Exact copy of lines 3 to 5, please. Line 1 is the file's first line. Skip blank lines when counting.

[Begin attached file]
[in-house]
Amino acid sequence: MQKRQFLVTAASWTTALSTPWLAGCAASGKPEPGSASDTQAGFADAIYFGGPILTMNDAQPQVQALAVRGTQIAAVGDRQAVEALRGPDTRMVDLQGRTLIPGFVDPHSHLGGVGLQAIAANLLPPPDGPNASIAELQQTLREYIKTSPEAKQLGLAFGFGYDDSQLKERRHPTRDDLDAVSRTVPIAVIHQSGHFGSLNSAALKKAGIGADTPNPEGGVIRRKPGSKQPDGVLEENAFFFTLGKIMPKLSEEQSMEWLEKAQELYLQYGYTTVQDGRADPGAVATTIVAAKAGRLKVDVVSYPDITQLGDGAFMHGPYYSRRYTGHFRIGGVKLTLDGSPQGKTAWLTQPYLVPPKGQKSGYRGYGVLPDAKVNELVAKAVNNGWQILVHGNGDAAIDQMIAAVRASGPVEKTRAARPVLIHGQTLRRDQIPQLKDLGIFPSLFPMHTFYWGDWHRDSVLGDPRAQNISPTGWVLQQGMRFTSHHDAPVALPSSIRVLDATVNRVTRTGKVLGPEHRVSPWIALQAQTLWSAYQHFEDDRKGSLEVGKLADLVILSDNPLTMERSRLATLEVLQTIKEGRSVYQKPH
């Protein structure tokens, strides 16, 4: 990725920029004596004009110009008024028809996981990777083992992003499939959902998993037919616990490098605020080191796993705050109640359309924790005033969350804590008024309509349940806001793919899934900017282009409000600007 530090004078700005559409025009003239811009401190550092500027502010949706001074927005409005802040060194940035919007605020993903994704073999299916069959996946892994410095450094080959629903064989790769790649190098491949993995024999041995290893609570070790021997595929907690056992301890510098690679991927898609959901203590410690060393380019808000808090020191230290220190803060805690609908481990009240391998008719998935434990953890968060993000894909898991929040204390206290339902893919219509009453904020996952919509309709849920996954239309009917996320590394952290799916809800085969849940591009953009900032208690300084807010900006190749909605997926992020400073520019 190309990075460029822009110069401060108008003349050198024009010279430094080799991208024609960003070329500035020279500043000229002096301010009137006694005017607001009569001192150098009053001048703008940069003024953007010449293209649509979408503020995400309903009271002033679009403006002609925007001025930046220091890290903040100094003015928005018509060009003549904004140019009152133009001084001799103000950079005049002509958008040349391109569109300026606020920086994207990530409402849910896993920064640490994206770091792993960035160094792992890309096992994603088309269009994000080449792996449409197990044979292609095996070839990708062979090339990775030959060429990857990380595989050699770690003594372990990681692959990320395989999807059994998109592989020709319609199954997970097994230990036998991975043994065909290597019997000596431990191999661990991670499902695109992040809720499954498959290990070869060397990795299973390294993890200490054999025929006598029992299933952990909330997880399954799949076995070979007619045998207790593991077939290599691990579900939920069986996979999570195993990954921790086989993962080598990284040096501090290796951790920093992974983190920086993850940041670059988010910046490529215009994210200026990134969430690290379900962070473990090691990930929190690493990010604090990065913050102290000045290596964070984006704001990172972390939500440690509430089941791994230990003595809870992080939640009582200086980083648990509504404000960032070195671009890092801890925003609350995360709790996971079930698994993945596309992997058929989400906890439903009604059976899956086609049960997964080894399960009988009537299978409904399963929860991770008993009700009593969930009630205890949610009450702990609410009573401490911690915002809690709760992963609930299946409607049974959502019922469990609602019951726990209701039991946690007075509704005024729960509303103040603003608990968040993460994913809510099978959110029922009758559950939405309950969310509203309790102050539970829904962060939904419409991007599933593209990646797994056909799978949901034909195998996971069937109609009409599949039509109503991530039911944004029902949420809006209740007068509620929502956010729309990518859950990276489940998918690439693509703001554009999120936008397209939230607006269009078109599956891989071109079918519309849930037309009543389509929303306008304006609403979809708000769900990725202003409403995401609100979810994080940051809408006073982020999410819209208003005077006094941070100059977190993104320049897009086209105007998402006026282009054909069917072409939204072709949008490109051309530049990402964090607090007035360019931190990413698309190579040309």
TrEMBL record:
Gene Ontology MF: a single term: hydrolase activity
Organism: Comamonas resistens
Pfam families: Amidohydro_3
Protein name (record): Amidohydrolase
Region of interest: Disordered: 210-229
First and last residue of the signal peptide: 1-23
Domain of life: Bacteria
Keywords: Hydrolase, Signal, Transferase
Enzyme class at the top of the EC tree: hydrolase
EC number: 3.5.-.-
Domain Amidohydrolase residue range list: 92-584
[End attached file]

């Protein structure tokens, strides 16, 4: 990725920029004596004009110009008024028809996981990777083992992003499939959902998993037919616990490098605020080191796993705050109640359309924790005033969350804590008024309509349940806001793919899934900017282009409000600007 530090004078700005559409025009003239811009401190550092500027502010949706001074927005409005802040060194940035919007605020993903994704073999299916069959996946892994410095450094080959629903064989790769790649190098491949993995024999041995290893609570070790021997595929907690056992301890510098690679991927898609959901203590410690060393380019808000808090020191230290220190803060805690609908481990009240391998008719998935434990953890968060993000894909898991929040204390206290339902893919219509009453904020996952919509309709849920996954239309009917996320590394952290799916809800085969849940591009953009900032208690300084807010900006190749909605997926992020400073520019 190309990075460029822009110069401060108008003349050198024009010279430094080799991208024609960003070329500035020279500043000229002096301010009137006694005017607001009569001192150098009053001048703008940069003024953007010449293209649509979408503020995400309903009271002033679009403006002609925007001025930046220091890290903040100094003015928005018509060009003549904004140019009152133009001084001799103000950079005049002509958008040349391109569109300026606020920086994207990530409402849910896993920064640490994206770091792993960035160094792992890309096992994603088309269009994000080449792996449409197990044979292609095996070839990708062979090339990775030959060429990857990380595989050699770690003594372990990681692959990320395989999807059994998109592989020709319609199954997970097994230990036998991975043994065909290597019997000596431990191999661990991670499902695109992040809720499954498959290990070869060397990795299973390294993890200490054999025929006598029992299933952990909330997880399954799949076995070979007619045998207790593991077939290599691990579900939920069986996979999570195993990954921790086989993962080598990284040096501090290796951790920093992974983190920086993850940041670059988010910046490529215009994210200026990134969430690290379900962070473990090691990930929190690493990010604090990065913050102290000045290596964070984006704001990172972390939500440690509430089941791994230990003595809870992080939640009582200086980083648990509504404000960032070195671009890092801890925003609350995360709790996971079930698994993945596309992997058929989400906890439903009604059976899956086609049960997964080894399960009988009537299978409904399963929860991770008993009700009593969930009630205890949610009450702990609410009573401490911690915002809690709760992963609930299946409607049974959502019922469990609602019951726990209701039991946690007075509704005024729960509303103040603003608990968040993460994913809510099978959110029922009758559950939405309950969310509203309790102050539970829904962060939904419409991007599933593209990646797994056909799978949901034909195998996971069937109609009409599949039509109503991530039911944004029902949420809006209740007068509620929502956010729309990518859950990276489940998918690439693509703001554009999120936008397209939230607006269009078109599956891989071109079918519309849930037309009543389509929303306008304006609403979809708000769900990725202003409403995401609100979810994080940051809408006073982020999410819209208003005077006094941070100059977190993104320049897009086209105007998402006026282009054909069917072409939204072709949008490109051309530049990402964090607090007035360019931190990413698309190579040309």
TrEMBL record:
Gene Ontology MF: a single term: hydrolase activity